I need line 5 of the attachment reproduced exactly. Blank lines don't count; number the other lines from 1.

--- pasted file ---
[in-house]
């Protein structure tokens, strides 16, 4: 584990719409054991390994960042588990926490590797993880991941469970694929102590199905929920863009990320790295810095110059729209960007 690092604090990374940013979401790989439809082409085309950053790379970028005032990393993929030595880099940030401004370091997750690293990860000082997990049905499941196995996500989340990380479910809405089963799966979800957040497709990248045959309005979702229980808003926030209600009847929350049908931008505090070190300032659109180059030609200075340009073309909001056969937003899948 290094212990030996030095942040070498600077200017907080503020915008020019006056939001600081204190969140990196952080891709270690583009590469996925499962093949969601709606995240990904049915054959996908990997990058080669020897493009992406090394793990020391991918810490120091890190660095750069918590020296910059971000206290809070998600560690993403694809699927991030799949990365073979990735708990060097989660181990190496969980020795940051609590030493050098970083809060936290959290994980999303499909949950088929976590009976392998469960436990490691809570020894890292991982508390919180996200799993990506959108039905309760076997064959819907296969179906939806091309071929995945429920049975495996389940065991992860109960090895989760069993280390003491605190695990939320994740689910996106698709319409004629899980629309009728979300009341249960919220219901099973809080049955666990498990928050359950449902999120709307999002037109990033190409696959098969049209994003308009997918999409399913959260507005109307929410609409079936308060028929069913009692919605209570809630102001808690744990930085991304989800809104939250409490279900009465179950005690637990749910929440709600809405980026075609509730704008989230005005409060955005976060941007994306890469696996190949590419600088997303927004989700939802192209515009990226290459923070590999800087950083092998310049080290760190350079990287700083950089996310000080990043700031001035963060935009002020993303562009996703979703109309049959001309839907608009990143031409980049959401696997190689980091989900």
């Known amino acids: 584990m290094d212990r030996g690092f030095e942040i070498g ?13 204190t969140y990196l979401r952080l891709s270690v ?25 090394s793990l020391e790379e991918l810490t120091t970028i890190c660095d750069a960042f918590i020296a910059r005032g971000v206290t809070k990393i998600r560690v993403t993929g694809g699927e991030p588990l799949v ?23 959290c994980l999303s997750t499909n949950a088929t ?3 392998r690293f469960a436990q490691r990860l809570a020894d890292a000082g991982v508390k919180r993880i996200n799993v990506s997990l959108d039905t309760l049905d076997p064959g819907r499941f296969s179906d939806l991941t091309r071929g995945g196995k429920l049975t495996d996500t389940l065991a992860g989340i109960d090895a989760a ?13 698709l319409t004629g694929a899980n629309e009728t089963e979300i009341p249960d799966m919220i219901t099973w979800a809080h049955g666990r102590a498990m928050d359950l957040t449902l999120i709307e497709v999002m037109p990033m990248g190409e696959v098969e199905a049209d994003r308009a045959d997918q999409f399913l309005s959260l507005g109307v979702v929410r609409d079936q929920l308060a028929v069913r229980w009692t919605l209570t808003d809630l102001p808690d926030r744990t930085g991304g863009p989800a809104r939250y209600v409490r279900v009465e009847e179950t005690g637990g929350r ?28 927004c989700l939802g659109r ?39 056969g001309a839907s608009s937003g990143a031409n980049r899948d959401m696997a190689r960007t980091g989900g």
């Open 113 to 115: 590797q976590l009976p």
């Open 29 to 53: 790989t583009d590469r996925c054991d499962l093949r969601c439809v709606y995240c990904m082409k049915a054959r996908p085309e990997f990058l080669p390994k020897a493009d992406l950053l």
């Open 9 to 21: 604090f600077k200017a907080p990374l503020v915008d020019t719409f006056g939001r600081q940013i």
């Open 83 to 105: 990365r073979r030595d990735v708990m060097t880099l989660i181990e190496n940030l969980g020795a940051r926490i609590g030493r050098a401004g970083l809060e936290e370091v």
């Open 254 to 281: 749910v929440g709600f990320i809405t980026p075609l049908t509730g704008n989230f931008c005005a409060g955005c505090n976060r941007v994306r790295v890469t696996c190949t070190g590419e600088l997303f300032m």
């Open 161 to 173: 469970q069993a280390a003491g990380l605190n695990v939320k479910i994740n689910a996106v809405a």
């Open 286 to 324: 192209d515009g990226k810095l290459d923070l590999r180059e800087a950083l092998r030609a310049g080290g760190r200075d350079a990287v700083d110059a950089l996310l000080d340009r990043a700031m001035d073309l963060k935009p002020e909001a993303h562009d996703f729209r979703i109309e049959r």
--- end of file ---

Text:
């Open 29 to 53: 790989t583009d590469r996925c054991d499962l093949r969601c439809v709606y995240c990904m082409k049915a054959r996908p085309e990997f990058l080669p390994k020897a493009d992406l950053l």